‘Beantown Beanfest’ to support legal clinics for underrepresented entrepreneurs


A Boston-based legal foundation has ambitions to establish free corporate legal aid clinics across New England for underrepresented founders. To help raise awareness and funds for these plans, the organization is hosting an event celebrating a food historically connected with Boston: beans.

The New England Legal Foundation has been around for about 50 years. In that first half-century, the nonprofit public interest law firm has focused on advocating for free enterprise within the legal system. President Daniel Winslow said for the next 50 years, the nonprofit wants to make supporting inclusive economic growth a bigger priority.

“We’ve recognized that there’s a massive gap in the legal ecosystem between civil legal aid for the poor and market-rate law firms,” Winslow said. The nonprofit’s leader is a former Massachusetts state representative and was chief legal officer for Rimini Street before joining the New England Legal Foundation in October 2021.

Into that gap, Winslow said, fall many underrepresented entrepreneurs who can’t afford the fees at these law firms.

To help these founders, the foundation is building out the Equalizer Institute. This social economic justice initiative of NELF will provide legal aid to help entrepreneurs start their businesses. The institute will work with founders from underrepresented communities including BIPOC entrepreneurs, new and first-generation Americans, women, veterans, students and the LGBTQ+ community.

The New England Legal Foundation aims to support the Equalizer Institute by hosting the first Beantown Beanfest this summer. The event will take place on Saturday, June 24, from 11 a.m. – 5 p.m. on the Rose Kennedy Greenway.

Winslow said they settled on beans as the festival’s theme because of their connection to Boston’s history (the city once had a baseball team named the Boston Beaneaters) and their role as an “equalizer” amongst foods.

“Beans transcend and unite every race, every culture, everybody has their favorite way they’ve prepared beans,” Winslow said.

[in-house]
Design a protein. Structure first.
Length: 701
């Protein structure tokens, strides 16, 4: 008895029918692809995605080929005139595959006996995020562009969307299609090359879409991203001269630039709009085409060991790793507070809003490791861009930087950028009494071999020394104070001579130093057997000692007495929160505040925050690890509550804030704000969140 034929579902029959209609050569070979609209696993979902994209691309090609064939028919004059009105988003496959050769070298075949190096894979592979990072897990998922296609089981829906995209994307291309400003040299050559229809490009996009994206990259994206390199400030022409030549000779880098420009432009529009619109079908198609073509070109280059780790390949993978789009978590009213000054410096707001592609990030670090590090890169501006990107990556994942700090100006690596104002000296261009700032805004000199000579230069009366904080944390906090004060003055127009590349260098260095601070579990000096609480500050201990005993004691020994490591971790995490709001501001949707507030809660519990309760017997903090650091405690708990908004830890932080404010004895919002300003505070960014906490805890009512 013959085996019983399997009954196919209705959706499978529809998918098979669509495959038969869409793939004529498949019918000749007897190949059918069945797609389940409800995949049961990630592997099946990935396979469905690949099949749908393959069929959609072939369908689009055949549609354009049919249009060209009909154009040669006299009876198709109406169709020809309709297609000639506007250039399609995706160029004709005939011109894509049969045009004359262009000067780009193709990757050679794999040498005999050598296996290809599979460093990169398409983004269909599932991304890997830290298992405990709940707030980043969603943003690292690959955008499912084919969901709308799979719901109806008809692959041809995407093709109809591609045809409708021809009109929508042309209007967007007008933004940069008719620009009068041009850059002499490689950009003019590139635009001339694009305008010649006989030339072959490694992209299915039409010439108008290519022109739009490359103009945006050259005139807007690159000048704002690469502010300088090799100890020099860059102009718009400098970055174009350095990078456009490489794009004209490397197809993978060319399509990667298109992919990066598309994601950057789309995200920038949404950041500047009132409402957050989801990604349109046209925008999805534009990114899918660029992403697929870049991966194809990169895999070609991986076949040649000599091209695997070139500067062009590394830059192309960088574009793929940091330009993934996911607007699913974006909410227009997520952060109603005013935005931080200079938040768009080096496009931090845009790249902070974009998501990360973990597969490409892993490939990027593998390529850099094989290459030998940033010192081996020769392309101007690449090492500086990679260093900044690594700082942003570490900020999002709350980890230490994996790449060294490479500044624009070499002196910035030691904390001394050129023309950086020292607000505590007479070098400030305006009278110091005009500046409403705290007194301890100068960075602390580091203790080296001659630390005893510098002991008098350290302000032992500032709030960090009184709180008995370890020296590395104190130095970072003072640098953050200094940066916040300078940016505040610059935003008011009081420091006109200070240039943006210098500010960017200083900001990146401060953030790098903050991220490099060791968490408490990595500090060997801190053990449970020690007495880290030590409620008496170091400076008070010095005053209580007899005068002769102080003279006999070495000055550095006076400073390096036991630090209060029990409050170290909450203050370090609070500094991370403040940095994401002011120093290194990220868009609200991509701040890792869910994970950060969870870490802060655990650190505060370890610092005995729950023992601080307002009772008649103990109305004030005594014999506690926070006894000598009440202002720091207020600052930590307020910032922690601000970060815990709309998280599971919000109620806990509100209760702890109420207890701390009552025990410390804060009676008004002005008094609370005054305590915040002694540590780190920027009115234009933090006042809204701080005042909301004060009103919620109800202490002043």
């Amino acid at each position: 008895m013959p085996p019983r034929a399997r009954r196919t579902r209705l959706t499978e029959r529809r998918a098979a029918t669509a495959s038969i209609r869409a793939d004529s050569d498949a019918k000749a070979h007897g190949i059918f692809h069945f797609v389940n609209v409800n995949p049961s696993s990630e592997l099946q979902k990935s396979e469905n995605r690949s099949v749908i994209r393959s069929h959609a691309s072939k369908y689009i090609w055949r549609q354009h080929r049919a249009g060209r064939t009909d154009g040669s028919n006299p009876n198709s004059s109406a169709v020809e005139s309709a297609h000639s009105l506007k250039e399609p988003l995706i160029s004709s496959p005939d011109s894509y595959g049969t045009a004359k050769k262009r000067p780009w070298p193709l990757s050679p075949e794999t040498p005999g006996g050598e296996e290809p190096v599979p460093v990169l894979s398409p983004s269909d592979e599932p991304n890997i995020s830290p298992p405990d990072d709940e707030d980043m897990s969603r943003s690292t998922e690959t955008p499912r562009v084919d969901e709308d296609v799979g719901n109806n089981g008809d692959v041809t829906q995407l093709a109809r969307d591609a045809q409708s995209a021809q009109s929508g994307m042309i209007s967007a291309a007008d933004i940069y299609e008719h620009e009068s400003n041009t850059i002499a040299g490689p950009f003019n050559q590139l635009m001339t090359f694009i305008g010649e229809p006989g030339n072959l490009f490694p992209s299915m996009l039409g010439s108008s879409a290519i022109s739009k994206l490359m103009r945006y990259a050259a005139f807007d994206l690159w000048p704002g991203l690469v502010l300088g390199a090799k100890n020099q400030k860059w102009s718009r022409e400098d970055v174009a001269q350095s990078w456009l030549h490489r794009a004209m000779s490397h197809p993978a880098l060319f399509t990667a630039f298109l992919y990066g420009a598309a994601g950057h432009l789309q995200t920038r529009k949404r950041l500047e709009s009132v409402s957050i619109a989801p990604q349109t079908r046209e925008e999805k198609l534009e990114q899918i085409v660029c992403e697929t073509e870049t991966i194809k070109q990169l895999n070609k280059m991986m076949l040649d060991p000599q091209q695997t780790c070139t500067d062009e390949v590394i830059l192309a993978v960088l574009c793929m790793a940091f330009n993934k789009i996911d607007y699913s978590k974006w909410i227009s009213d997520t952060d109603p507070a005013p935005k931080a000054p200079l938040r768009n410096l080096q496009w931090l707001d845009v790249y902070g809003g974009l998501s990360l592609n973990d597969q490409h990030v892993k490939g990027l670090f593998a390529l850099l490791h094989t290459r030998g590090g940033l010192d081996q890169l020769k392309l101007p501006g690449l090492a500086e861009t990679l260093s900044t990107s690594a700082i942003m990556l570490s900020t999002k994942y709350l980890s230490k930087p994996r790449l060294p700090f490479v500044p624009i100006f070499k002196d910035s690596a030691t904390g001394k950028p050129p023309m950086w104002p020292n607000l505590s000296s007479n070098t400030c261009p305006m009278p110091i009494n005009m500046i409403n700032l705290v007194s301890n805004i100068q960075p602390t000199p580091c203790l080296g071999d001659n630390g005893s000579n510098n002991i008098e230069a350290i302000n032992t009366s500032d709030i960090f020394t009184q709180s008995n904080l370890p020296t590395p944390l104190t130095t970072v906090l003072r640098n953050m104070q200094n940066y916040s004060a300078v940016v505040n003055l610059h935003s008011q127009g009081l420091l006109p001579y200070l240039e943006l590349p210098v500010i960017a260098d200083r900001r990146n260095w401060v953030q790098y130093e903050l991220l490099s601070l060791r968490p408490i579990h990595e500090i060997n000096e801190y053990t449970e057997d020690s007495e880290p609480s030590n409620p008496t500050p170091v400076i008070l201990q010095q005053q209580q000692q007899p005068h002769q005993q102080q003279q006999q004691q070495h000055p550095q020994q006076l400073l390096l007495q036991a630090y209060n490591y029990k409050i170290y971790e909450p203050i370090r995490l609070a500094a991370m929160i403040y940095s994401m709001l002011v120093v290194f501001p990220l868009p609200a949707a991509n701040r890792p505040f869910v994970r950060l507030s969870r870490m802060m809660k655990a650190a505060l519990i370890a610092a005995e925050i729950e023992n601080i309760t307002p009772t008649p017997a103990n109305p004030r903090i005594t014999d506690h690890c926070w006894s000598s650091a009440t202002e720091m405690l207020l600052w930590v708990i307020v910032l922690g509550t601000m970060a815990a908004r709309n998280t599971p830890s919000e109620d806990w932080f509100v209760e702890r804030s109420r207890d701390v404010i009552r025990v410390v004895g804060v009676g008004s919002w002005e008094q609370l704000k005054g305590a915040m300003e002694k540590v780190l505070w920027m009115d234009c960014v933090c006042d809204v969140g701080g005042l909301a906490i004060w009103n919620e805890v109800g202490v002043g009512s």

Festival attendees will be able to sample some of these recipes from small businesses at the event. The Beanfest will feature vendors from across the region offering different cuisines and products that use beans, as well as music, entertainment, bean-themed crafts, games and activities.

Winslow said they’re not planning to raise revenue through this first Beanfest. But, any profits from this event or future ones would go toward the Equalizer Institute.

“There’s a lot of value in terms of just raising visibility for the cause,” he said.

The Beantown Beanfest has announced some partnerships, including with Astound Broadband, Boston Harbor Hotel, Downtown Boston Business Improvement District, Meet Boston and WCVB Channel 5. Winslow said they’re still looking for corporations to support the Beanfest. The group’s goal is to bring on enough sponsorships so small businesses do not need to pay to exhibit at the event.

The institute needs to raise $600,000 to open the first clinic in Boston, Winslow said. That would allow the institute to bring on a corporate lawyer, real estate lawyer, employment lawyer, IP lawyer and paralegal to staff the program.

Winslow said they hope to open the first clinic in their downtown Boston office and expand throughout New England, and, if the model is successful, grow nationally.

Winslow declined to say how close they were to raising that amount, but said that once they hit the full amount, they could open the first clinic in about 90 days. He noted that this $600,000 would yield about $3.6 million in market-rate legal services for underrepresented entrepreneurs.


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